We Answer Your Genetic Diagnosis Questions
We answer some of the most commonly asked questions about genetic diagnosis.
What is genetic diagnosis?
Genetic diagnosis is the process by which the genetic makeup of an individual is examined, in order to identify or isolate gene or chromosomal changes that might place them at higher risk for developing a rare disease, or confirm a rare disease diagnosis.
What is the process?
Genetic diagnosis will generally involve the following steps:
Genetic testing and screening
A confirmed diagnosis
Understanding the support and treatment options for a rare disease patient for the management of their condition, and to ensure both early intervention and quality of life
How do I know which genetic test to choose?
The genetic testing you choose, for yourself or a family member will depend on the following:
- The recommendations given to you by your doctor
- The recommendations given to you by your genetic counselor
- Family history of a rare disease may determine which genetic test to opt for
- Specific symptoms in yourself, or your child, will identify specific genetic testing options
How do I know if genetic testing is necessary?
Genetic testing is usually recommended in the following situations:
- Before, or during pregnancy for all parents-to-be. Genetic screening and testing is increasingly popular during pregnancy, in part due to increased awareness, and the development of more accurate, non-invasive testing options.
- If there is a family history of rare disease, and if parents are known to be carriers of specific gene mutations.
- If an individual shows symptoms of a rare disease, or symptoms that have no confirmed cause. This might include more general symptoms, such as developmental delay, or it might involve more specific symptoms, including unique facial features.
What might a genetic diagnosis tell me?
Depending on the type of testing involved, it might be able to tell you any of the following:
- If you or your child is the carrier of a specific gene change, which might put future children at risk for developing a rare disease.
- If there is an increased risk for developing a rare disease.
- If there is a confirmed gene change, which is causing a rare disease or syndrome.
Who can help me navigate the genetic diagnosis process?
Genetic counselors are trained genetic experts, who provide crucial and invaluable services for people navigating the genetic diagnosis process. Their role, amongst many other roles, is to walk patients and their families through the genetic testing process, including recommendations for which tests to choose. Genetic counselors accompany patients from the start of the process, all the way through to a confirmed diagnosis, and past this, as they help patients navigate a complex, and often difficult process.
How do I start the process?
You should start the process with a meeting with a genetic counselor. This will help you better understand, if you need to move forward with genetic testing, and what this process might involve. If you are unable to connect with a genetic counselor in your area, there are now options to access genetic counseling virtually. Online genetic counseling connects you with a network of experts, who can help you start the process of genetic diagnosis and testing.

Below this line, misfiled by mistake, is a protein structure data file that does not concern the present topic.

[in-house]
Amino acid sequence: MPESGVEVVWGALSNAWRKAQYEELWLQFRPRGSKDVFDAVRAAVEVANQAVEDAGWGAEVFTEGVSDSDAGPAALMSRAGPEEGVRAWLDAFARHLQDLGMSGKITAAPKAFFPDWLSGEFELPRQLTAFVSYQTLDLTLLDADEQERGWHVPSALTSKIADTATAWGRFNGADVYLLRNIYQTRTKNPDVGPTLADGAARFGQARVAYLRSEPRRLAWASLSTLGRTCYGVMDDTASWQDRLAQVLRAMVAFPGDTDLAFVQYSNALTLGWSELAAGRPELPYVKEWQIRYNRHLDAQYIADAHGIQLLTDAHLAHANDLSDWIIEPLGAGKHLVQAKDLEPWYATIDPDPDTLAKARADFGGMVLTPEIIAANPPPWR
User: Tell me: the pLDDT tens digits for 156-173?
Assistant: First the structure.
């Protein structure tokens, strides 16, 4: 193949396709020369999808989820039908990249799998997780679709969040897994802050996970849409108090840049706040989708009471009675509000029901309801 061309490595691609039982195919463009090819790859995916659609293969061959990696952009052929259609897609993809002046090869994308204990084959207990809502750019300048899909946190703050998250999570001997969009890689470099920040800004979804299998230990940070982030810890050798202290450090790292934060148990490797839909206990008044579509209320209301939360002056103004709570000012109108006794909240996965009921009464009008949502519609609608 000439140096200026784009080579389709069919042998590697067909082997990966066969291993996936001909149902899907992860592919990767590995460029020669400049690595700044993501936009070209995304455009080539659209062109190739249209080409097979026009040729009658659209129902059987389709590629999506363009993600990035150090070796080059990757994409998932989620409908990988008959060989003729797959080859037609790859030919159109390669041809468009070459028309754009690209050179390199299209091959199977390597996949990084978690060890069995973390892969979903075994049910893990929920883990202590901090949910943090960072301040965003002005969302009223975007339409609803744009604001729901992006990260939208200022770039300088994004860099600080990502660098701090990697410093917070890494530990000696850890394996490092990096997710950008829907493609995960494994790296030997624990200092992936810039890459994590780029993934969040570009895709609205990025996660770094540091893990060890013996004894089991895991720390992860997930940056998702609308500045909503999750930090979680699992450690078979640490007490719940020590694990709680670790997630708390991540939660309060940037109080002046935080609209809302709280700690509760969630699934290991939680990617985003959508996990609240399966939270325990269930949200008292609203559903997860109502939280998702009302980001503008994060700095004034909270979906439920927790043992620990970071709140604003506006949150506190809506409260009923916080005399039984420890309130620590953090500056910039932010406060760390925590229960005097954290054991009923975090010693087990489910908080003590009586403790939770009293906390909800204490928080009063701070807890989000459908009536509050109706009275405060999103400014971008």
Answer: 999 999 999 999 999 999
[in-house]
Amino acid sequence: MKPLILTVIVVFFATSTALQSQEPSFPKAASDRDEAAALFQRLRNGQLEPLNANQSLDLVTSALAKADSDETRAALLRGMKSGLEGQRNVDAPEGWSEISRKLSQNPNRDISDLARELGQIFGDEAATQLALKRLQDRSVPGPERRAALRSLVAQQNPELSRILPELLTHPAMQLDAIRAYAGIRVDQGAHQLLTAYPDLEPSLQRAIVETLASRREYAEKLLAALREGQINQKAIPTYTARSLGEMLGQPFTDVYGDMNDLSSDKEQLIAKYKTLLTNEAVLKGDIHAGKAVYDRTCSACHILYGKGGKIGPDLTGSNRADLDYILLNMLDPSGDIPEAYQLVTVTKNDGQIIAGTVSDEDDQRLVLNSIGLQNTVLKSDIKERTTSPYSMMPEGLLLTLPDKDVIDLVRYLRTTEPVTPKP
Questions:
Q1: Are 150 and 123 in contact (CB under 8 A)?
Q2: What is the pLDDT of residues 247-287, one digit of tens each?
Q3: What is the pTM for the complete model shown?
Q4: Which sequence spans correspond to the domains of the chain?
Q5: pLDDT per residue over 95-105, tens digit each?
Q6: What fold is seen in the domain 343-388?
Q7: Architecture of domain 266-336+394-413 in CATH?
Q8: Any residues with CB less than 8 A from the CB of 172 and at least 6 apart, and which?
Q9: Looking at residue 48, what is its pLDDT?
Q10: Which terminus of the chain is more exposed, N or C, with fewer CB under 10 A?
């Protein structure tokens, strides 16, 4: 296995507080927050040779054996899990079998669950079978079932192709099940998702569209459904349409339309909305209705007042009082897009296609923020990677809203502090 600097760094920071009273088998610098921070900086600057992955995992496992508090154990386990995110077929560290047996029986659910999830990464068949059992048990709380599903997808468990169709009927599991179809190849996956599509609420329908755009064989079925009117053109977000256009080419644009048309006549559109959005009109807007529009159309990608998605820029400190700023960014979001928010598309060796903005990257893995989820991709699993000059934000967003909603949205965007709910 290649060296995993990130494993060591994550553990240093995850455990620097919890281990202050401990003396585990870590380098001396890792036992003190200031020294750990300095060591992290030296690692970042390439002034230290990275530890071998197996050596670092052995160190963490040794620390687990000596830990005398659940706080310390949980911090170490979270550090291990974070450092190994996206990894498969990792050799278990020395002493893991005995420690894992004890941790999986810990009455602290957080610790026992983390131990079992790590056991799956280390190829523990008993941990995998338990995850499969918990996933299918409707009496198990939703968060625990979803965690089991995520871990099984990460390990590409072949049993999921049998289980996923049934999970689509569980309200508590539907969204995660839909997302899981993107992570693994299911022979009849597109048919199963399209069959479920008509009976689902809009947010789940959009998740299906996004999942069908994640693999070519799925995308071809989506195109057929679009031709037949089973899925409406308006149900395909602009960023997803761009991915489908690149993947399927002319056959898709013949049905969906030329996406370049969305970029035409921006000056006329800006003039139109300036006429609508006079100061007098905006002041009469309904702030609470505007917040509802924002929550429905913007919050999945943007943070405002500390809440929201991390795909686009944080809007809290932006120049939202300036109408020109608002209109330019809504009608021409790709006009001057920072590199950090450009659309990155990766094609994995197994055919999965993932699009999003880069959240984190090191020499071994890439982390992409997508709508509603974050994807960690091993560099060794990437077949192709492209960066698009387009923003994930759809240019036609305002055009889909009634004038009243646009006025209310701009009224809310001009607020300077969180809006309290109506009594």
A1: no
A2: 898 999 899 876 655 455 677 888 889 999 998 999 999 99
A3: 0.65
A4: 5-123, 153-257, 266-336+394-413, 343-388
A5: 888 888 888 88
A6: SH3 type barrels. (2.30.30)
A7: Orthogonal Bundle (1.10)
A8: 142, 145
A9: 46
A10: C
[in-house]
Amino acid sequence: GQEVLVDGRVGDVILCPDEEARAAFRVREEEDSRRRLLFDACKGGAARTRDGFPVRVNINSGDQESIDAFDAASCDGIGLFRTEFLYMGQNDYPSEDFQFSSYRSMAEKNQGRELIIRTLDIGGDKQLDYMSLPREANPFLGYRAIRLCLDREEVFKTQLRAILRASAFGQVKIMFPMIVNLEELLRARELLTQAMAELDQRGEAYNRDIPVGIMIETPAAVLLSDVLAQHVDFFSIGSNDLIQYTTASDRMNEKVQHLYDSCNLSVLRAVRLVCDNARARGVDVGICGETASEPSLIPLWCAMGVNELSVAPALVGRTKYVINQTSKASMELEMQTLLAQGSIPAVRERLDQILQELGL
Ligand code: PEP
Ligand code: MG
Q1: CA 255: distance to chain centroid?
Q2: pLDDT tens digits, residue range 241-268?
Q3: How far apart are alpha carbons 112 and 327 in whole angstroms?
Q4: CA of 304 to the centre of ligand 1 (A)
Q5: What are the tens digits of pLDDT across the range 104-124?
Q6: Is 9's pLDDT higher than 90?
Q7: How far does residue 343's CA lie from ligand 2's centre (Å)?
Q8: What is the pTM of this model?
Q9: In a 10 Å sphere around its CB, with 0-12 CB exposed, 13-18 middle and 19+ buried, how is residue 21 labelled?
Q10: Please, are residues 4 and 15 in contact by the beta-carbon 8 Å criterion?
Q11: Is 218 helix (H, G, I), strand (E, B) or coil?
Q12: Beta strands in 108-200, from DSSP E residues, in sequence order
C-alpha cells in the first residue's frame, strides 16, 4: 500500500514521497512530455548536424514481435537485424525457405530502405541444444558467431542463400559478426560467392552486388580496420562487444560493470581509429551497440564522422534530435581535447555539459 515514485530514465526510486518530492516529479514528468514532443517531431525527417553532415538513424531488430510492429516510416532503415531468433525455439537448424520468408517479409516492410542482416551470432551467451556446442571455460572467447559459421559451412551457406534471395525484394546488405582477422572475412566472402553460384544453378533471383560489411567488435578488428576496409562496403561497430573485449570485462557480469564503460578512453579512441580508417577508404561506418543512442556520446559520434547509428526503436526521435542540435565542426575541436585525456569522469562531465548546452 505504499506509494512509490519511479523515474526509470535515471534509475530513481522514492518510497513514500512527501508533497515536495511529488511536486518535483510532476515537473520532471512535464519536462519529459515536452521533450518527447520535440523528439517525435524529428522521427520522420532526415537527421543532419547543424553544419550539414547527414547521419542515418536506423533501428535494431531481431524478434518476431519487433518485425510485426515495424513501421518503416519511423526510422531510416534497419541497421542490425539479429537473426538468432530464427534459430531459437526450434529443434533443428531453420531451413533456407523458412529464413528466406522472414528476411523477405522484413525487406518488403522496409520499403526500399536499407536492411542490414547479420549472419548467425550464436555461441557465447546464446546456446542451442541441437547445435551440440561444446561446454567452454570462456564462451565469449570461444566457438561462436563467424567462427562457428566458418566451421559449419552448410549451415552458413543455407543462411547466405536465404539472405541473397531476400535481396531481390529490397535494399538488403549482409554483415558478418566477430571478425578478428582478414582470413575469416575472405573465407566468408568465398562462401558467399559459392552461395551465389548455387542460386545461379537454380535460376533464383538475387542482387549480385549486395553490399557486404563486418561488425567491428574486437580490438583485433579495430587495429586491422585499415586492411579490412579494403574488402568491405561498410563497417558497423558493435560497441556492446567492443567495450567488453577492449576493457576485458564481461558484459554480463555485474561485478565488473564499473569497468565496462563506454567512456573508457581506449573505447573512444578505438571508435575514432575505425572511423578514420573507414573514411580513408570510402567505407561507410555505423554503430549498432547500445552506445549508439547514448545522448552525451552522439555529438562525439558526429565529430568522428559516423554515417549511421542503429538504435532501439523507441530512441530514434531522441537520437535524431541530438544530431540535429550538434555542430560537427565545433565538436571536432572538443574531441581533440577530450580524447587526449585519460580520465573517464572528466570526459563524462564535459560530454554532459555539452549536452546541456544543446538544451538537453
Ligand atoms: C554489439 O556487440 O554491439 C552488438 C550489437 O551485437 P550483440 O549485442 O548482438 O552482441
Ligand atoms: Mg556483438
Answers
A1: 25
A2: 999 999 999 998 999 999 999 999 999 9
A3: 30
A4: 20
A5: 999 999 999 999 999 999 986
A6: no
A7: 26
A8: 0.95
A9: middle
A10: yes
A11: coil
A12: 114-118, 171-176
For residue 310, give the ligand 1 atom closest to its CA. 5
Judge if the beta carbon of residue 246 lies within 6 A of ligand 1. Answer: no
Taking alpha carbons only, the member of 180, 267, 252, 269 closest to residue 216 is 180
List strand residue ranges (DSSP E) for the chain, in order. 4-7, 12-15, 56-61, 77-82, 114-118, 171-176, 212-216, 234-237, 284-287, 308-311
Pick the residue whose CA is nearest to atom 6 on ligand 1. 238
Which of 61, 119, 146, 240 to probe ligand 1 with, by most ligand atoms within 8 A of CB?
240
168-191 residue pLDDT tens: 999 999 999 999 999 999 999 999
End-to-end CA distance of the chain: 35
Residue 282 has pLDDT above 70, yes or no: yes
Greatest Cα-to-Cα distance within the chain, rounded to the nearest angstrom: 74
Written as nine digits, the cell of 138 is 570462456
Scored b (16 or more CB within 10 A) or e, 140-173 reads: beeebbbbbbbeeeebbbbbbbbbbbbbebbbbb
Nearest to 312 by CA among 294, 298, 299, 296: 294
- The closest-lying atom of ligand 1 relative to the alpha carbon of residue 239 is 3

How long will the process take?
This can be very difficult to determine, and may depend on the gene mutation or rare genetic syndrome being diagnosed. It is also very dependent on how accessible genetic counseling and testing services are.
However, speeding up the genetic diagnosis process is important in order to improve care outcomes for rare disease patients both in the short and long term. Speeding up the process means ensuring people have faster, more direct access to genetic counseling and counselors. It also means improving the accuracy of the entire process, to prevent time spent wasted on misdiagnosis.
How accurate is the process?
This depends on several factors, but accuracy of a diagnosis can be dramatically improved if rare disease patients gain fast access to genetic experts, including genetic counselors, who can help them understand which genetic options are the right ones for them. All of this contributes to improving the accuracy of a genetic diagnosis.
Greater awareness about the causes and symptoms of rare diseases, also improves the accuracy of a genetic diagnosis. Advancements in screening and genetic technologies, utilizing AI and facial screening, are also contributing to a bigger push towards more accurate screening tests and processes.
What rare diseases can it identify?
There are currently over 7,000 identified rare diseases worldwide. Some of these are easier to identify, as much more is known about their causes, and symptoms. Syndromes, with just a handful of affected individuals, are much harder to identify.
Some of the most commonly diagnosed rare diseases include:
- Noonan syndrome
- Angelman syndrome
- Coffin-Siris syndrome
- Kabuki syndrome
- Turner syndrome
- Fragile x syndrome